Here comes a pitch for perseverance
In the summer of 2011, I was fortunate enough to live out a lifelong dream.
I stood on the pitchers mound at Classic Park in Eastlake, OH ready to throw out the first pitch of a professional baseball game.
Now, at minor league games, and even most Major League games, there is not just one first pitch. Go to PNC Park or Progressive Field early enough and you’ll see a commemorative or ceremonial first pitch before the game-time first pitch, which occurs about five minutes before the players take the field.
At a minor league game, nearly everybody in attendance gets to throw a first pitch, it seems.
Having a birthday? You get a first pitch.
Celebrating an anniversary? You both get a first pitch.
Sponsoring the game? The whole company gets a first pitch.
You get the idea.
At this Lake County Captains game, I was throwing out the first pitch as a representative of the Mahoning Valley Scrappers, a sister team of the Captains, within the Cleveland Indians organization.
The thing was, none of the 3,000 or so fans in the stands know it was Matthew Peaslee throwing out the first pitch.
On the mound, they saw Scrappy – the large dog of a mascot for the Scappers.
In the mid-July heat, I stood there underneath a covering of fur and polyester. Inside the costume, it felt hotter than a summer in Flagstaff, Ariz.
I was sweating.
Lucky for me, my sweat could not be seen from the outside and I didn’t have to grip the baseball with my wet palms. I was, however, tasked with the scenario of finding the best way to grip a baseball with a hand that, technically, wasn’t my own.
It’s hard enough to hold a pen and sign autographs for kids as a mascot, it’s even harder to handle a round object and move it more than 60-feet away to a small target.
This was the first time I had thrown a baseball since that one time I actually got to pitch in a Pony League game when I was 14.
All I knew was that I couldn’t screw up this priceless opportunity.
Despite the internal and external conditions, I (I mean, Scrappy) took advantage of my (his) time in the spotlight and delivered a perfect strike to the catcher.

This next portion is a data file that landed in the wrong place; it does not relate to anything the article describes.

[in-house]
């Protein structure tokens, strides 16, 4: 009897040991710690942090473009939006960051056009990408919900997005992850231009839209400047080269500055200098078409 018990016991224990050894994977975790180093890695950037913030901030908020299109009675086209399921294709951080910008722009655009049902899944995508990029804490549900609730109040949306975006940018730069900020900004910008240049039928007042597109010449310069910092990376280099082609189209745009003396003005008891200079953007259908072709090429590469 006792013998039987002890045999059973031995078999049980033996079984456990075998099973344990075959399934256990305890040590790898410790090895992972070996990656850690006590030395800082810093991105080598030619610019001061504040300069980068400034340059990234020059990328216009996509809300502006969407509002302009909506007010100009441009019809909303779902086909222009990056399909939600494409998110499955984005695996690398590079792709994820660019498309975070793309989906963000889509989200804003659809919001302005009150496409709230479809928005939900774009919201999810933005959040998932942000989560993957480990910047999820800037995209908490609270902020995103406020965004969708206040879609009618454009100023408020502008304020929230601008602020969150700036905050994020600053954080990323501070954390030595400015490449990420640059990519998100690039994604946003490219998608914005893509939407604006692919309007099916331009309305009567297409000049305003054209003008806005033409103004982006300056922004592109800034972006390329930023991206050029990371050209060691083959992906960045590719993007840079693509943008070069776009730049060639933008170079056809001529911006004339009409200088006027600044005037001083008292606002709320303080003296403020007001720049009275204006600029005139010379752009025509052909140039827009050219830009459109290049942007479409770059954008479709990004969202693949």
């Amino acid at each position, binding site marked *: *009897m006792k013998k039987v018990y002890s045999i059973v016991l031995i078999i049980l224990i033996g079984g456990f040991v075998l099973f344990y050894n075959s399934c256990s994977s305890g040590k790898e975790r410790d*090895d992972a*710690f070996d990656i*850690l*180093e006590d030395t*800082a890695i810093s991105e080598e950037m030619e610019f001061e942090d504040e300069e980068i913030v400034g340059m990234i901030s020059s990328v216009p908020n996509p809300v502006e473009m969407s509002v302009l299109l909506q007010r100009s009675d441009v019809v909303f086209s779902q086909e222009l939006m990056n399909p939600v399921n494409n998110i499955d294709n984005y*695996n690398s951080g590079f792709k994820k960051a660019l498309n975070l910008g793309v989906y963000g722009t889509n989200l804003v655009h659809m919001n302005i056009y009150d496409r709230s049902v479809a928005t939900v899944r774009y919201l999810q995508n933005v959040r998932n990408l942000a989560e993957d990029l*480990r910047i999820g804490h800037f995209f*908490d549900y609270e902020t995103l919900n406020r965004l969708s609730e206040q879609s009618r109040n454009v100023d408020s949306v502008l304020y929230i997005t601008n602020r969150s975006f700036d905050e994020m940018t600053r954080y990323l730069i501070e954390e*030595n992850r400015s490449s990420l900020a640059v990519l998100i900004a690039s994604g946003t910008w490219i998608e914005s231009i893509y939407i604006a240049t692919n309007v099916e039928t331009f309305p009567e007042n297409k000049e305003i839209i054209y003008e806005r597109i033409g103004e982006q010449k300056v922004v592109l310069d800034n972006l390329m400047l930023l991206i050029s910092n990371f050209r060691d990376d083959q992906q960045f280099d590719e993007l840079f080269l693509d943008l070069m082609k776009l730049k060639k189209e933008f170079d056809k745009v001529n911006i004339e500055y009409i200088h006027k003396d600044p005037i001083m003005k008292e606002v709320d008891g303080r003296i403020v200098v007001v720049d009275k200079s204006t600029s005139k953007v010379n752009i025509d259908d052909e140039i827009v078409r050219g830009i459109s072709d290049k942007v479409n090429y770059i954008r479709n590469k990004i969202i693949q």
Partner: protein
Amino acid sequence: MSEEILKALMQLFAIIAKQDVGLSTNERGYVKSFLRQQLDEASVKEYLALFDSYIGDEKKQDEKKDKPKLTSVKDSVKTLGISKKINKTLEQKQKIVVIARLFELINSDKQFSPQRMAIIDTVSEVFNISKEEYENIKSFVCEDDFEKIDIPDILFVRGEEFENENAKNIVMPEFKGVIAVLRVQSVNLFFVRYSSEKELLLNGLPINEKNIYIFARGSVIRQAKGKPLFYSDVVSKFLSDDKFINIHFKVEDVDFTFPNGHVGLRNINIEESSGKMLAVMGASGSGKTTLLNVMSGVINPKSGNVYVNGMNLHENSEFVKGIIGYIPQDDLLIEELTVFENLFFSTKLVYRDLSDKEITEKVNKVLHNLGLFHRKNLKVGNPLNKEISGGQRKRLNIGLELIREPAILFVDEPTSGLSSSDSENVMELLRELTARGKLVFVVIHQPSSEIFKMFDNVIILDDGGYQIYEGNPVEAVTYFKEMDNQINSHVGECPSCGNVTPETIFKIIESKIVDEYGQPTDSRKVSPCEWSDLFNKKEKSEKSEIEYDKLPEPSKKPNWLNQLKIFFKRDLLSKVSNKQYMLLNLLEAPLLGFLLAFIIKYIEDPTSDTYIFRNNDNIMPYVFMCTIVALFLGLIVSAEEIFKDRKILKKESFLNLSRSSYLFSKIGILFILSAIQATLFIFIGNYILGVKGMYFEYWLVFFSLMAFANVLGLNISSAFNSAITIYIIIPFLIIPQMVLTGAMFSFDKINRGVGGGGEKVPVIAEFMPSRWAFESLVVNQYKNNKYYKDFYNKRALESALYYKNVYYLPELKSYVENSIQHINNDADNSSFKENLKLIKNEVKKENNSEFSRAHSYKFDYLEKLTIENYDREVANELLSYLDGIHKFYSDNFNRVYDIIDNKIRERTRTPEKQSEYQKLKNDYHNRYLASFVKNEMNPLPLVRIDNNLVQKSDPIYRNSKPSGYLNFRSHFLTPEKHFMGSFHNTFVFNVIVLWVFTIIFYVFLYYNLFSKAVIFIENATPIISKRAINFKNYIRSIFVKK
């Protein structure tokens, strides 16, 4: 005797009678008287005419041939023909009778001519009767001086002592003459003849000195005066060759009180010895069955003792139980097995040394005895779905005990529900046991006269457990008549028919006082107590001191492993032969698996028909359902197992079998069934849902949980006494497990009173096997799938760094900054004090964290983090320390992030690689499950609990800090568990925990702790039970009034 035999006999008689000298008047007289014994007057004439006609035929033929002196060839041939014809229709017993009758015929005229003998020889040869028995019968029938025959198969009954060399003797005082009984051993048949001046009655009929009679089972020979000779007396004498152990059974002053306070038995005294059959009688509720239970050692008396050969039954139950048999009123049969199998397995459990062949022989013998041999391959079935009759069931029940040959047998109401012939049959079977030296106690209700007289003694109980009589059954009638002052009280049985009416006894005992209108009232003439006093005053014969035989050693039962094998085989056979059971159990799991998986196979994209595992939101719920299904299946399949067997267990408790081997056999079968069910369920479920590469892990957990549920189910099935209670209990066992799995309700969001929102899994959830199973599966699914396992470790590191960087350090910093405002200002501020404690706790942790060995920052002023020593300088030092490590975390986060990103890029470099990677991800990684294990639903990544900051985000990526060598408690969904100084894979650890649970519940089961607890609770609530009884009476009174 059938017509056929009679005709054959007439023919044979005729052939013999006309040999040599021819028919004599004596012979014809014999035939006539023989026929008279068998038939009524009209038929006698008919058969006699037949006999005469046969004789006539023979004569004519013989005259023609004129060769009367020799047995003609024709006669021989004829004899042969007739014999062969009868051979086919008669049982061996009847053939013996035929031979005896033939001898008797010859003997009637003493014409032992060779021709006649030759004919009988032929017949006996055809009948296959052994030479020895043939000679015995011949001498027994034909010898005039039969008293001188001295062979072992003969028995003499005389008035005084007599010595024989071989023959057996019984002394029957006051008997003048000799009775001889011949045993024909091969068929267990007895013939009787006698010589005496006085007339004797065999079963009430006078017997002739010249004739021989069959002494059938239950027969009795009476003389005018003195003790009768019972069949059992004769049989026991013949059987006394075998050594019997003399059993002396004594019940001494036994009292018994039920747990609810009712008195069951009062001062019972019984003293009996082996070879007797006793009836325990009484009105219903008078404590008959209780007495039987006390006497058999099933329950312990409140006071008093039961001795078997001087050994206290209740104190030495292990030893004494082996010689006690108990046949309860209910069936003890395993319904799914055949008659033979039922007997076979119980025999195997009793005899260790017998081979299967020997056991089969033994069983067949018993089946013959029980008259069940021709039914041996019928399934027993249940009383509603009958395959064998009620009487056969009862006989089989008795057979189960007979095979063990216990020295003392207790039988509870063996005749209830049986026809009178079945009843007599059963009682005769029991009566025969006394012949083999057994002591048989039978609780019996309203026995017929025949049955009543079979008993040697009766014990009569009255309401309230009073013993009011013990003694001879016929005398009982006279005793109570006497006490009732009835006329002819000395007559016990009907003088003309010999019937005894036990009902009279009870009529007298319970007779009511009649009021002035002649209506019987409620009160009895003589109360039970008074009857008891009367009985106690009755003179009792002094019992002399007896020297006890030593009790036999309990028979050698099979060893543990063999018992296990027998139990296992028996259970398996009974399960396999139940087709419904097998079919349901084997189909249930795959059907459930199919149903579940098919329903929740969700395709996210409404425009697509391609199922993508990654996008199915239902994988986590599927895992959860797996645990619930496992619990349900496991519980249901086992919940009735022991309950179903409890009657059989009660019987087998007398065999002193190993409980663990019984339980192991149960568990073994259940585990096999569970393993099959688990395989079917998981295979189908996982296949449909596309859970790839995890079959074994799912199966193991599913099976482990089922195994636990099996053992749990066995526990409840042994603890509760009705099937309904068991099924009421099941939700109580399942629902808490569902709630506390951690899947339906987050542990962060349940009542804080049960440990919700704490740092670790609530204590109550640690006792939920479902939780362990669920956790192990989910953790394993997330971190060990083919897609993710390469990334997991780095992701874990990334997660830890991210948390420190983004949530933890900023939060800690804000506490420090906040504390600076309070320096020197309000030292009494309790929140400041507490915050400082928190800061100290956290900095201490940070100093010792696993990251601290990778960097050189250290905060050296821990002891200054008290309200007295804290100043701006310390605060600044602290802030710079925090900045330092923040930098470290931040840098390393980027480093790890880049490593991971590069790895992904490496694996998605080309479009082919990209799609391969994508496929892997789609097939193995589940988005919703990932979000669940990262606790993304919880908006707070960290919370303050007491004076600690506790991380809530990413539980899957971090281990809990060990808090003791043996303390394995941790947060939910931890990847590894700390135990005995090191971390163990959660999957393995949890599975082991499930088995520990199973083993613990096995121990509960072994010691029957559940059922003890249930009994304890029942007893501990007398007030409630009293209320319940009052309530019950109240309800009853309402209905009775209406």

It was a moment I will never forget. It was also about five seconds that those in attendance that night probably forgot by the time they went to get a helping of Dippin’ Dots in the second inning.
Still, it was special to me.
Today, there is another special first pitch coming before a baseball game.
At about 12:55 p.m., on the field at PNC Park, Pitt running back James Connor will stand on the pitchers mound to a throng of cheers as he prepares to open the 2016 season for the Pirates and throw out the first pitch.
Now, Connor’s selection isn’t just because he’s a talented athlete who happens to play in the same city as the Pirates. Connor’s road to the center of the most beautiful ballpark in the majors was a long one.
In December, Connor was diagnosed with Hodgkin’s lymphoma. Instead of backing down and giving up on his life, let alone his athletic career, Connor attacked his disease.
The 20-year old hasn’t slowed down and he continues to practice and workout with his Panther teammates.
Through these past four months, Connor has been celebrated for his perseverance. Today is a chance for Pittsburgh and the tri-state region to show their support for a kid who is clearing obstacles.
Before the season even starts, the Pirates organization has already put one on the board. This was a great move and a total win for all involved.
You don’t have to be a Pitt fan or even a baseball enthusiast to appreciate special moments like this.
(Peaslee is a sports writer for the Herald-Star and The Weirton Daily Times. He can be contacted at firstname.lastname@example.org and followed on Twitter at @thempeas)